Burri, now 79, divides his time between homes in Switzerland and France. In the recent interview for Phaidon, he offered his advice for today’s photographers.

‘Everybody now has a cell phone and can take snaps, which is great – even children,’ he said. ‘But my advice for young photographers is to go and cover things that nobody else is thinking about. Put your nose into things. Use the third eye of the camera and don’t be completely dependent on Photoshop or the way other people want you to cast the world.

‘Go and discover for yourself, because the fantastic thing about photography is that you are able to freeze a moment that can never come back.’

Books and Websites

Books: René Burri: Photographs, edited by Hans-Michael Koetzle and published by Phaidon in 2007, remains the best career retrospective currently available. It can be bought direct from www.phaidon.com. A new book, Impossible Reminiscences, is due to be published in 2013.

Websites:
A broad range of Burri’s photographs can be seen on the Magnum website at www.magnumphotos.com. There are recent interviews with him on www.phaidon.com and he can be seen talking about his work on www.youtube.com (search for ‘René Burri interview’).

Biography

  • 1933: Born in Zurich, Switzerland, on 9 April. His father worked as a cook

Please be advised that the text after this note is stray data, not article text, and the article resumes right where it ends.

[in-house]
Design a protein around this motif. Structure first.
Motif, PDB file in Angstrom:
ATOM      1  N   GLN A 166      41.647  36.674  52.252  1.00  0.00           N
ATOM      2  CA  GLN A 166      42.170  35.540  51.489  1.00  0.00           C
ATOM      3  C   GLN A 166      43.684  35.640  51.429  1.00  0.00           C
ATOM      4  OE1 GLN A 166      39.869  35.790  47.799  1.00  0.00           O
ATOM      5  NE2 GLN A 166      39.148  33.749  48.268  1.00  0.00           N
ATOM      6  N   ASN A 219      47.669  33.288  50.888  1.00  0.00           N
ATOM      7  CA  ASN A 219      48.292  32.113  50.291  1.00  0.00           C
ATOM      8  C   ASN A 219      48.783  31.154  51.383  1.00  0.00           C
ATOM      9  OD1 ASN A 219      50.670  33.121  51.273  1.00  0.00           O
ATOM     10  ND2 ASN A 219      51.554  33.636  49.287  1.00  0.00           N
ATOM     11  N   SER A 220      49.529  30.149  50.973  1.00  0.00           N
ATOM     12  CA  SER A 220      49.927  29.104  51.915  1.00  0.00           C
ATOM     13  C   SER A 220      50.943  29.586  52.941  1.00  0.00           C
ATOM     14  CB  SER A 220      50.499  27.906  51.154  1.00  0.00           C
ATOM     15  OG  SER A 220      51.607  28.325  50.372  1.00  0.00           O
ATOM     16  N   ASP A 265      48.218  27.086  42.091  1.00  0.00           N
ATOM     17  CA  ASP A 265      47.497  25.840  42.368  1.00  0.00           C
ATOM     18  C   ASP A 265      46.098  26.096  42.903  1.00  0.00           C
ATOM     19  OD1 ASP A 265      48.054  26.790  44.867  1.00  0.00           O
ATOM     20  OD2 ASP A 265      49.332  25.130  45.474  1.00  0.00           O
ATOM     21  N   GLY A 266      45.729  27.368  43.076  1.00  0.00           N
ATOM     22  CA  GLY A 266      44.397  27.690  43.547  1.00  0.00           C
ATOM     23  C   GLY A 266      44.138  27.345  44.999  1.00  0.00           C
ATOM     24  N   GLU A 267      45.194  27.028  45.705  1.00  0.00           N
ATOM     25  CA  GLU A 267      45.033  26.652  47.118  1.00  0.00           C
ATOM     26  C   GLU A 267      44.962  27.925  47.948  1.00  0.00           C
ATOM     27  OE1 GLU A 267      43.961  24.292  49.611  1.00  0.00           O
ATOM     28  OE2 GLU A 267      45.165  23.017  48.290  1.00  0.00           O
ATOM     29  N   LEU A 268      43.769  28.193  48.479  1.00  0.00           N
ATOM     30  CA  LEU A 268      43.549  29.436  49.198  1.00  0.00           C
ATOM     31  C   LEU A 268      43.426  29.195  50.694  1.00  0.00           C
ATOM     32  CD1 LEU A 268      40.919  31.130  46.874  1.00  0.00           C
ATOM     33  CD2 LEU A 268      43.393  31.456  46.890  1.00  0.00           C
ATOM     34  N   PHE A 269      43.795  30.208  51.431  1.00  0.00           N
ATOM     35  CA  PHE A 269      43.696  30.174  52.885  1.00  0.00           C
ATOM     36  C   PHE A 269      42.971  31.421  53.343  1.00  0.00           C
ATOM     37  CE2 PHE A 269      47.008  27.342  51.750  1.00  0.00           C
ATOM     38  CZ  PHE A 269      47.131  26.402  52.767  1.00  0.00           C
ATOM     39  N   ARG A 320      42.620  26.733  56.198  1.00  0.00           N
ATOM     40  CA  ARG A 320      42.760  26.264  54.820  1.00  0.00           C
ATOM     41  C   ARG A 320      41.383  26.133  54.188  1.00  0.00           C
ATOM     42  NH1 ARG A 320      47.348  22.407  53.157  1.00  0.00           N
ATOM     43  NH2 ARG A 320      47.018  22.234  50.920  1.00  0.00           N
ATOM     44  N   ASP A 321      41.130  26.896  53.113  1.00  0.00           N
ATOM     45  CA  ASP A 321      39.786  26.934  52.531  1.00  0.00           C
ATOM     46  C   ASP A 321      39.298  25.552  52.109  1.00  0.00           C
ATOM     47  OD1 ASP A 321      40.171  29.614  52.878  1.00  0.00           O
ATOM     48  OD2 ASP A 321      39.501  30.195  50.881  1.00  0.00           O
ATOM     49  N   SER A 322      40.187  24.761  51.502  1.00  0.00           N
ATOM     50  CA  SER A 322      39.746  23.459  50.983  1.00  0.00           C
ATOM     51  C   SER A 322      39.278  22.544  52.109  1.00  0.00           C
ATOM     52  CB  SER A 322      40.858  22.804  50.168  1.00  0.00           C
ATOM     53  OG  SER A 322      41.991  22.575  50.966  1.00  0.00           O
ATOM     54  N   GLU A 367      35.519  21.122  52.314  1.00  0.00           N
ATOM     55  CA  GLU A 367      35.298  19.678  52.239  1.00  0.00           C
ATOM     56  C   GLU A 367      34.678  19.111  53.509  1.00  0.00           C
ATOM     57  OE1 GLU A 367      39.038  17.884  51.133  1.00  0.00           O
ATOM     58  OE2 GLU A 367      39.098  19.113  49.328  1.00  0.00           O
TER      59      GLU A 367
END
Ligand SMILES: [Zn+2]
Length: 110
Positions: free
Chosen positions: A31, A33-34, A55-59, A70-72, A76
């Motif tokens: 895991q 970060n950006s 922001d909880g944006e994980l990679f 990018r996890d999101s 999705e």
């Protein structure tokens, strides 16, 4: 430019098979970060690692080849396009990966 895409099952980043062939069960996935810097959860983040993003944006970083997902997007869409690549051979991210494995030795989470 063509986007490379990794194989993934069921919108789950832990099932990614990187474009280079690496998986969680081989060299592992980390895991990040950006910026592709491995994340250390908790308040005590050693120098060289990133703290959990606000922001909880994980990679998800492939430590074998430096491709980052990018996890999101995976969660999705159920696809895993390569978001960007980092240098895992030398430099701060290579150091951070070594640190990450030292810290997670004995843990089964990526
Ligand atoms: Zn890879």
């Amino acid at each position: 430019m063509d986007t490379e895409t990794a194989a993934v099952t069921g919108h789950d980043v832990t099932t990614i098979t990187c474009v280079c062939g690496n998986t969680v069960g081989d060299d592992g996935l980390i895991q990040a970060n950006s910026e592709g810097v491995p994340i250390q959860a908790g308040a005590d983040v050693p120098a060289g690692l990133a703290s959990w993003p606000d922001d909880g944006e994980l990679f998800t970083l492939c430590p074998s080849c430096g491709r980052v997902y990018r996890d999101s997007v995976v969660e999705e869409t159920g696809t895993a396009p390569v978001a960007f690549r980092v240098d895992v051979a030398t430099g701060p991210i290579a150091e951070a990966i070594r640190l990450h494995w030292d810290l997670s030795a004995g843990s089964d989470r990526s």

• 1949-53: Studies at the School of Arts and Crafts in Zurich and graduates with a degree in photography
  • 1954-55: Undertakes compulsory military service in the Swiss Army
  • 1955: Shoots documentary photographs at a school for deaf-mute children in Zurich. He later shows the work to the Magnum photo agency in Paris and it is subsequently published in Life magazine
  • 1959: Becomes a full member of Magnum Photos
  • 1960: Photographs the growing city of São Paulo in Brazil for German magazine Praline
  • 1962: Publication of Burri’s first book, Die Deutschen
  • 1963: Travels to Cuba and meets Fidel Castro. Shoots his famous portrait of the revolutionary guerrilla leader Che Guevara
  • 1965: Participates in the creation of Magnum Films and spends six months in China making the documentary film The Two Faces of China
  • 1968: Travels to South Africa to report on the apartheid system for the magazine Réalités
  • 1982: Elected president of Magnum Photos
  • 1998: Receives the Erich Salomon Prize for outstanding work in photojournalism
  • 2004: Major retrospective exhibition celebrating 50 years in photography is held in Paris